Why Social Prospecting Can’t Just Be a One-and-Done Fix
Learn why social prospecting should be a part of your sales routine—and how LinkedIn can help you to avoid common pitfalls.
October 12, 2016
Though it may just sound like one more term you need to memorize, social prospecting is vitally important: it’s a modern way of qualifying leads that can pay great dividends—if you’re fully committed. Of course, that’s where things get complicated.
Social prospecting should be an important component of your selling efforts, but it will only garner results if you approach it in the right way. It has to be more than an afterthought, but try too hard and you risk coming across as spammy or annoying. With the right insights from LinkedIn, you can achieve the perfect balance.
What is Social Prospecting?
At its core, social prospecting is exactly what it sounds like: the process of using social channels—such as LinkedIn and Twitter—to qualify leads and create opportunities. Social prospecting is an integral component of social selling, but while many sales reps have chosen to make social selling a priority, only a minority have a fully developed social prospecting strategy.
“Social prospecting is the art of listening to people, not mentions or keywords,” writes Maggie Hibma for HubSpot. “It’s about scouring the social web, identifying potential prospects, and engaging them through content to get them to your site and move them through your funnel.” Social prospecting is potentially revolutionary—but only when you get the details right.
Why You Should Commit To It
One of the most common mistakes made by salespeople who are new to social prospecting is simply that they don’t make it a part of their daily routine. As with any new habit, seeking out leads online requires commitment, and you won’t see results unless you make it an ingrained part of your work life.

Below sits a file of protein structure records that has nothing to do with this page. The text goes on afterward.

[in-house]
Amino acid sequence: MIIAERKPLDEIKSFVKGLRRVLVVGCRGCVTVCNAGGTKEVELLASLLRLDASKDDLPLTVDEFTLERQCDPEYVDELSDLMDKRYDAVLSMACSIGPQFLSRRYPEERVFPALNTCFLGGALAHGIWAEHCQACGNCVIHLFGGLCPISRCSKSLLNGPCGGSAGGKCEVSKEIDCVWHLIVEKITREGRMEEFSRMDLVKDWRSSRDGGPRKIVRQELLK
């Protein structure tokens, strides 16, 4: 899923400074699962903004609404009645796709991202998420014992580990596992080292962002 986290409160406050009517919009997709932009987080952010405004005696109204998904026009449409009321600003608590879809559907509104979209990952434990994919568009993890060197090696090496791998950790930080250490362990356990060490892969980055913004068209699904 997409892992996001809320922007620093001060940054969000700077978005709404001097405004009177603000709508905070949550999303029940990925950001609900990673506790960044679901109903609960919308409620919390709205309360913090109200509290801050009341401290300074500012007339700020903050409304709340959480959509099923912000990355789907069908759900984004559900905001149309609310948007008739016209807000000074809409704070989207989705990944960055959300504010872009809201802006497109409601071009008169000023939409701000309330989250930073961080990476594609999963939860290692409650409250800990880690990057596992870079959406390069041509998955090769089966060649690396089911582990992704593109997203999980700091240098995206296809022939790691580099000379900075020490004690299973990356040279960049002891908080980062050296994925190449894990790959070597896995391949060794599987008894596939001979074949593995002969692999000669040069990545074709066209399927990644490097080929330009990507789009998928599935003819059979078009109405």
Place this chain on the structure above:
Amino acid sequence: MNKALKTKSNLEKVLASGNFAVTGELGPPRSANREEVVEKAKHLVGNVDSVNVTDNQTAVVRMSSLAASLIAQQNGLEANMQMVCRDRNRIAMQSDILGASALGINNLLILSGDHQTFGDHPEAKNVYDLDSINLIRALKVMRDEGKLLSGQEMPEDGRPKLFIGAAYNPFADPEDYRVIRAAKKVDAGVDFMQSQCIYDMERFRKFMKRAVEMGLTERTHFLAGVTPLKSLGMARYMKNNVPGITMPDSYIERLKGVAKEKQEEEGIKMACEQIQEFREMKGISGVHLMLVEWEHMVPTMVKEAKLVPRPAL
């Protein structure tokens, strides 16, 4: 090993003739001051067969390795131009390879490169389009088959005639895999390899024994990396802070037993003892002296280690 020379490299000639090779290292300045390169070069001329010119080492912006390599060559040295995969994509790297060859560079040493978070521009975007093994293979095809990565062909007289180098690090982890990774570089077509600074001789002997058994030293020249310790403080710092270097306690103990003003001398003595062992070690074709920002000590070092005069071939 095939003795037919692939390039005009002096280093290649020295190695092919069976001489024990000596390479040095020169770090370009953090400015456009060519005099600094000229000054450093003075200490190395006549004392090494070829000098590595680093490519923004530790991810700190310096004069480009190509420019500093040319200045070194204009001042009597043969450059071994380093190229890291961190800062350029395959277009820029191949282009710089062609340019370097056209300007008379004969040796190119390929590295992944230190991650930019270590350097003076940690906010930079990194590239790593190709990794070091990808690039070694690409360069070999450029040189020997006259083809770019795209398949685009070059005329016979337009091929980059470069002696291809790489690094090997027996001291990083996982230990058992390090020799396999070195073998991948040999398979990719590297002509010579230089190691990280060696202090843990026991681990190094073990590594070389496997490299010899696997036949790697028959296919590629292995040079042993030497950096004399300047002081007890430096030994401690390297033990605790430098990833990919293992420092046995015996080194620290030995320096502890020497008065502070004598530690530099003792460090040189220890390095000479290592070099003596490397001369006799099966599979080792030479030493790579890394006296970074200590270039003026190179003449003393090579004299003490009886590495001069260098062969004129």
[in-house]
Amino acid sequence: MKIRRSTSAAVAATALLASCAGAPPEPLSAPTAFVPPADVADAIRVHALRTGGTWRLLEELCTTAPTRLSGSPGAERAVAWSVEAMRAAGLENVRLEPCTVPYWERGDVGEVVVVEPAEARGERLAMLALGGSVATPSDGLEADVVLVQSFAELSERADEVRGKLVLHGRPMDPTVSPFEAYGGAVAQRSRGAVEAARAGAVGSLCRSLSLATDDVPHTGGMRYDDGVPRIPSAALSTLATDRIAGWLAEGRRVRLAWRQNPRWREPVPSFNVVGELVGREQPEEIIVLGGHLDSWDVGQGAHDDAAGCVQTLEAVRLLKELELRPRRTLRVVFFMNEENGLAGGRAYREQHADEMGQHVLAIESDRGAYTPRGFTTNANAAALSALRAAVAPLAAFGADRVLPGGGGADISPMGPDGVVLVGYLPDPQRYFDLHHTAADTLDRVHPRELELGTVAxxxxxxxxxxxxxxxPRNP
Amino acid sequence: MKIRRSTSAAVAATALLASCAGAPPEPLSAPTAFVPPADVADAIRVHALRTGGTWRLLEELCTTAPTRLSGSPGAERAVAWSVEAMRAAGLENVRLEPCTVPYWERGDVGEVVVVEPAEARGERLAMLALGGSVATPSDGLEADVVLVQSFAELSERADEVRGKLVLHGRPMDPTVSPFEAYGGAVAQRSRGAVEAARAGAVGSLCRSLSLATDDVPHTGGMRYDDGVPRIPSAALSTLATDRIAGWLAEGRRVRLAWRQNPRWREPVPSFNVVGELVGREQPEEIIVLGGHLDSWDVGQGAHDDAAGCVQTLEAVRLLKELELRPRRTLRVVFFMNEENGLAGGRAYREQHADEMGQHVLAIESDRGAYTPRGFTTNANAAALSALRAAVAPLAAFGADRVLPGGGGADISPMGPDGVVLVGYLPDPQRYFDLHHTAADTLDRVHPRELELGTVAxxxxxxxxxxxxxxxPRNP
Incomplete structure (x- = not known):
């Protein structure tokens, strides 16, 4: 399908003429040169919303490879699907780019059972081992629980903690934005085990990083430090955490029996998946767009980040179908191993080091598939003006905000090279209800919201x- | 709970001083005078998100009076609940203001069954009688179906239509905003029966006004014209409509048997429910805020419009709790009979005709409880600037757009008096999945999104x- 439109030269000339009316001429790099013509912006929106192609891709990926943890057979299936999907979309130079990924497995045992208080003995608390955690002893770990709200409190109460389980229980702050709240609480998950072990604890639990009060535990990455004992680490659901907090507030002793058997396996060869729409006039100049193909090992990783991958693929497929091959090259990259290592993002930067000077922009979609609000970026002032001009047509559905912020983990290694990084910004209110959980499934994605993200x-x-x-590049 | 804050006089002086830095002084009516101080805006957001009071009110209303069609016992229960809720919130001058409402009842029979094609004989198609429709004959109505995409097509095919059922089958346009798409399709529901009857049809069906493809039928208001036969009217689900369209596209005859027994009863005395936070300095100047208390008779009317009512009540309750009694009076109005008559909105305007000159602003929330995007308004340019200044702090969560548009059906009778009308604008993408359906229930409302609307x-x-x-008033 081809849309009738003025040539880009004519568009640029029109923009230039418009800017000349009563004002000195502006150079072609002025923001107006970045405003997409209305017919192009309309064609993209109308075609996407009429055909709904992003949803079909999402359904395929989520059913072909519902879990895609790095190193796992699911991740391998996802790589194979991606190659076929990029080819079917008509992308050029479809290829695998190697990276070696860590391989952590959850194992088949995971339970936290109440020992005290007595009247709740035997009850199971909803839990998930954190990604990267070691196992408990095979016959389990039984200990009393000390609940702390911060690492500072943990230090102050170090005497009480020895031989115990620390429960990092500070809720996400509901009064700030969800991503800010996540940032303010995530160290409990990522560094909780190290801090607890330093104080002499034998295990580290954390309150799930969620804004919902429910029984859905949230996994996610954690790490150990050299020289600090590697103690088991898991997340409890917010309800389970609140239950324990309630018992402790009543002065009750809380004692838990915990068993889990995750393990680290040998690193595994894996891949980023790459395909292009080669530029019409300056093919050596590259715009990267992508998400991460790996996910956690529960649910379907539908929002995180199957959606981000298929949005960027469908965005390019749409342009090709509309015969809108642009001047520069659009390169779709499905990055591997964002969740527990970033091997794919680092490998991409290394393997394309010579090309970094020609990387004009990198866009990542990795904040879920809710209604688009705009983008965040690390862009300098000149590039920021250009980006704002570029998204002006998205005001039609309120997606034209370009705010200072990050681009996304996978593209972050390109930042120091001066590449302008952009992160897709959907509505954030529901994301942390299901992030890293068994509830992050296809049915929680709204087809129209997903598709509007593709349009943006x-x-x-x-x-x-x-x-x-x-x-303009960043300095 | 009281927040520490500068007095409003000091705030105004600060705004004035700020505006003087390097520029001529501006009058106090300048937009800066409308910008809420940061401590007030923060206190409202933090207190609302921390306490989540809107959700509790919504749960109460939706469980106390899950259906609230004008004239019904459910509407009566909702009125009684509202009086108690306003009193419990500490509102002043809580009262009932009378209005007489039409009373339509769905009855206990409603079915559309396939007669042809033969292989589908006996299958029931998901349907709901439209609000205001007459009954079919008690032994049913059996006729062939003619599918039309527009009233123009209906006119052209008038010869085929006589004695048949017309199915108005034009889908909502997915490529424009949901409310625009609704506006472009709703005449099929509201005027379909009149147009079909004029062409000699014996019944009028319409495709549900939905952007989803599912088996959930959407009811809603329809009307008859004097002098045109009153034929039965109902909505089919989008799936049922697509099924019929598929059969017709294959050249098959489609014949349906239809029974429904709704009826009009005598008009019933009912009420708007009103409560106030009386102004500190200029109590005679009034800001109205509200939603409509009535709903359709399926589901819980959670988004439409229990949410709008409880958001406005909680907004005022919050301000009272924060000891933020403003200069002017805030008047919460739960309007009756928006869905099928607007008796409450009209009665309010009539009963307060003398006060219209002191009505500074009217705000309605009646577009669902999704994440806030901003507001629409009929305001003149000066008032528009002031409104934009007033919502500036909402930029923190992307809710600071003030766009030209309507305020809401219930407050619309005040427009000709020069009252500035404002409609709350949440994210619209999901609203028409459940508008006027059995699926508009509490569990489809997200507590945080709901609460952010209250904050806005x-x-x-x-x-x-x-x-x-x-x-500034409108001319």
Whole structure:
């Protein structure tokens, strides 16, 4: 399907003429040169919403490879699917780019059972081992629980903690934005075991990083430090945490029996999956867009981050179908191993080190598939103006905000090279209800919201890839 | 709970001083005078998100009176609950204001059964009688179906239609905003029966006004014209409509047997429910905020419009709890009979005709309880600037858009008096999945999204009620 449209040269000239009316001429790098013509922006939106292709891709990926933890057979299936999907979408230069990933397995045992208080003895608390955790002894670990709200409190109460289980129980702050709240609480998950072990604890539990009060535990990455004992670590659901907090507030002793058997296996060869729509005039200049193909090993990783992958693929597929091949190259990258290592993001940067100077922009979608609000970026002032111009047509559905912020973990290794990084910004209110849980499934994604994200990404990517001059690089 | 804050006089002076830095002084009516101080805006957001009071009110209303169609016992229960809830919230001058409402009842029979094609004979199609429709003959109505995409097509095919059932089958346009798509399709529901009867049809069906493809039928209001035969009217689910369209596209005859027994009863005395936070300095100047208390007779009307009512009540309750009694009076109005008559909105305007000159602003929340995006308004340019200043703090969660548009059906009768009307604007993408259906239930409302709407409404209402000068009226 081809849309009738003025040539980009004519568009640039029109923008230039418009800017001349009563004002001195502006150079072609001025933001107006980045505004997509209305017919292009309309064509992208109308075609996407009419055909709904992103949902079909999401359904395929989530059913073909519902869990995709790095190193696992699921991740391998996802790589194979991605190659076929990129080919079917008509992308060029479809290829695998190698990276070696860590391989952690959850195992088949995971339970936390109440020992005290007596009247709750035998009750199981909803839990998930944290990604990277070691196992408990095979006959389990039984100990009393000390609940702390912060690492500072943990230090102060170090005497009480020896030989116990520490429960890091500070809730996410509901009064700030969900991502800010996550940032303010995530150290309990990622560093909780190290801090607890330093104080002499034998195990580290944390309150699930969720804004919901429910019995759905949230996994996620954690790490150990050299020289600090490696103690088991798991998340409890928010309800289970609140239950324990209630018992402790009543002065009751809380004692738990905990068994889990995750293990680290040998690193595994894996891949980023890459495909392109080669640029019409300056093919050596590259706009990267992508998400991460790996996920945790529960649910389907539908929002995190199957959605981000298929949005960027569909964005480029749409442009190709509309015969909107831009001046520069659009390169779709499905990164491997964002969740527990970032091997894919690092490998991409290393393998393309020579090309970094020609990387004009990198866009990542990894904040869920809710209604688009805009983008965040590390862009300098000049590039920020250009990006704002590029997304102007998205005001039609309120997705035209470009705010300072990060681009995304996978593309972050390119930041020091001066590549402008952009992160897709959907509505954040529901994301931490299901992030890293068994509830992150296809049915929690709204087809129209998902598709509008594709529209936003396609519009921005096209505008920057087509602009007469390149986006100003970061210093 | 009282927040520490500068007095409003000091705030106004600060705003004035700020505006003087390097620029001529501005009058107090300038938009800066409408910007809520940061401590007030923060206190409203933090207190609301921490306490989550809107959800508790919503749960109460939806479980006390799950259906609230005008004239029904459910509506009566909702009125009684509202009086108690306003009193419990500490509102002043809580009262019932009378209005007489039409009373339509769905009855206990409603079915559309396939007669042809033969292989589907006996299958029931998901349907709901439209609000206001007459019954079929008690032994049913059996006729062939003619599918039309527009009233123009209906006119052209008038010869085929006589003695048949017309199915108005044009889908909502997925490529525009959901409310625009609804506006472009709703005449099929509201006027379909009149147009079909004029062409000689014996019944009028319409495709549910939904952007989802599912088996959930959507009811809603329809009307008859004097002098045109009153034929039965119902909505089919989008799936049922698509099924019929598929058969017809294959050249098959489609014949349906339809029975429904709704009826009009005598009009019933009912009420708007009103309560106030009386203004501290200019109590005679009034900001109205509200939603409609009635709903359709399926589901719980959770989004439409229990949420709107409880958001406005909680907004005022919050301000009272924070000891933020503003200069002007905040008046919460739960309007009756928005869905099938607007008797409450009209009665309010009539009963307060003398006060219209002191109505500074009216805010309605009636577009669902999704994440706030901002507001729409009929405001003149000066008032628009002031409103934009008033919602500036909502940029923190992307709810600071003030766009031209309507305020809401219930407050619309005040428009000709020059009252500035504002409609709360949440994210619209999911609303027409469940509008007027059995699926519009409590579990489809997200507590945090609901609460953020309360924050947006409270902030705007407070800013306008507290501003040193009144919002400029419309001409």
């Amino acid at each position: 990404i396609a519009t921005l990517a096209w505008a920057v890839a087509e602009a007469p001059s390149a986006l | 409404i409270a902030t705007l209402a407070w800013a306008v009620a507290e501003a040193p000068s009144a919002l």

Many sales reps dismiss social engagement because they don’t see immediate results. However, if you’re willing to invest the time and energy, social prospecting will reward you in the long run. You’ll find more prospects, but it’s not just about quantity—the prospects will also be more qualified and primed to buy.
Why That Commitment Isn’t Enough
Writing about his many embarrassing attempts at prospecting for LinkedIn, Paul Visser notes that “the Internet never forgets.” That’s an important lesson for even the savviest of social sales reps. With sales prospecting, as with any form of online interaction, remember that your mistakes are permanent, and the wrong approach can backfire. All too often, salespeople reach out to prospects on social platforms in a way that immediately reads as spam.
How can you avoid that common fate? The key is to always focus on adding value to your clients. Every element of your professional brand, from your LinkedIn profile to the posts and articles you share, should show prospects that you’re a reliable resource who knows the territory. You can also use social insights from LinkedIn, such as prospects’ profiles and posts, to become a trustworthy partner. Once you shift your attention from selling to highlighting your value, results will follow naturally.
Social prospecting isn’t complicated, but as with all aspects of sales, there’s a right approach and a wrong one. That said, if you incorporate it into your routine and provide a clear benefit to your leads, you’ll be way ahead of the pack.
For more great tips on social prospecting and selling, download our Sales Prospecting Toolkit today.